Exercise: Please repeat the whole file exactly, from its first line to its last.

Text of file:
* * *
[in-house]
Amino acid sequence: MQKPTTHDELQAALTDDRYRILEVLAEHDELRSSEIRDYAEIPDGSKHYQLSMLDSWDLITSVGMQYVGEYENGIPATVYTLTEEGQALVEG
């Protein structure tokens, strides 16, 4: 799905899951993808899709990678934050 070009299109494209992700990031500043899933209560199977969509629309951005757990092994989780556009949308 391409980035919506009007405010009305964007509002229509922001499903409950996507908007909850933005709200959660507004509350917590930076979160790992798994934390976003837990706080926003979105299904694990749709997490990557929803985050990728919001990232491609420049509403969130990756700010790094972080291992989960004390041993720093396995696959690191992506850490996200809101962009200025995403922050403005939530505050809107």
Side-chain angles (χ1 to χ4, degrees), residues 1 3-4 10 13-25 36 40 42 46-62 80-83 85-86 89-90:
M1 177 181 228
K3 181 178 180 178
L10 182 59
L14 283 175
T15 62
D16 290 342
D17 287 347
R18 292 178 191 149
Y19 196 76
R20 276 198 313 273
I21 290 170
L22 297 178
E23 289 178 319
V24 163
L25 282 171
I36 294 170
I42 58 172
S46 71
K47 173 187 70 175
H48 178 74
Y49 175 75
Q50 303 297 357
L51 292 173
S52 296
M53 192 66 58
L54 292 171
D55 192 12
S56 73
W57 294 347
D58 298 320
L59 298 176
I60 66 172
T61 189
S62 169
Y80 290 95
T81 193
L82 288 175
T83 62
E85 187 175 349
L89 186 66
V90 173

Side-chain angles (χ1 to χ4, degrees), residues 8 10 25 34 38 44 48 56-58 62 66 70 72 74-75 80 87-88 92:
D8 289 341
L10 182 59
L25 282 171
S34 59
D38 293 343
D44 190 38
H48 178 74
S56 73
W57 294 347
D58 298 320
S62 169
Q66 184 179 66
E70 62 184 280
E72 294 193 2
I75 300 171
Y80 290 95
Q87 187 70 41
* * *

[in-house]
Amino acid sequence: MQKPTTHDELQAALTDDRYRILEVLAEHDELRSSEIRDYAEIPDGSKHYQLSMLDSWDLITSVGMQYVGEYENGIPATVYTLTEEGQALVEG
């Protein structure tokens, strides 16, 4: 799905899951993808899709990678934050 070009299109494209992700990031500043899933209560199977969509629309951005757990092994989780556009949308 391409980035919506009007405010009305964007509002229509922001499903409950996507908007909850933005709200959660507004509350917590930076979160790992798994934390976003837990706080926003979105299904694990749709997490990557929803985050990728919001990232491609420049509403969130990756700010790094972080291992989960004390041993720093396995696959690191992506850490996200809101962009200025995403922050403005939530505050809107």
Side-chain angles (χ1 to χ4, degrees), residues 1 3-4 10 13-25 36 40 42 46-62 80-83 85-86 89-90:
M1 177 181 228
K3 181 178 180 178
L10 182 59
L14 283 175
T15 62
D16 290 342
D17 287 347
R18 292 178 191 149
Y19 196 76
R20 276 198 313 273
I21 290 170
L22 297 178
E23 289 178 319
V24 163
L25 282 171
I36 294 170
I42 58 172
S46 71
K47 173 187 70 175
H48 178 74
Y49 175 75
Q50 303 297 357
L51 292 173
S52 296
M53 192 66 58
L54 292 171
D55 192 12
S56 73
W57 294 347
D58 298 320
L59 298 176
I60 66 172
T61 189
S62 169
Y80 290 95
T81 193
L82 288 175
T83 62
E85 187 175 349
L89 186 66
V90 173

Side-chain angles (χ1 to χ4, degrees), residues 8 10 25 34 38 44 48 56-58 62 66 70 72 74-75 80 87-88 92:
D8 289 341
L10 182 59
L25 282 171
S34 59
D38 293 343
D44 190 38
H48 178 74
S56 73
W57 294 347
D58 298 320
S62 169
Q66 184 179 66
E70 62 184 280
E72 294 193 2
I75 300 171
Y80 290 95
Q87 187 70 41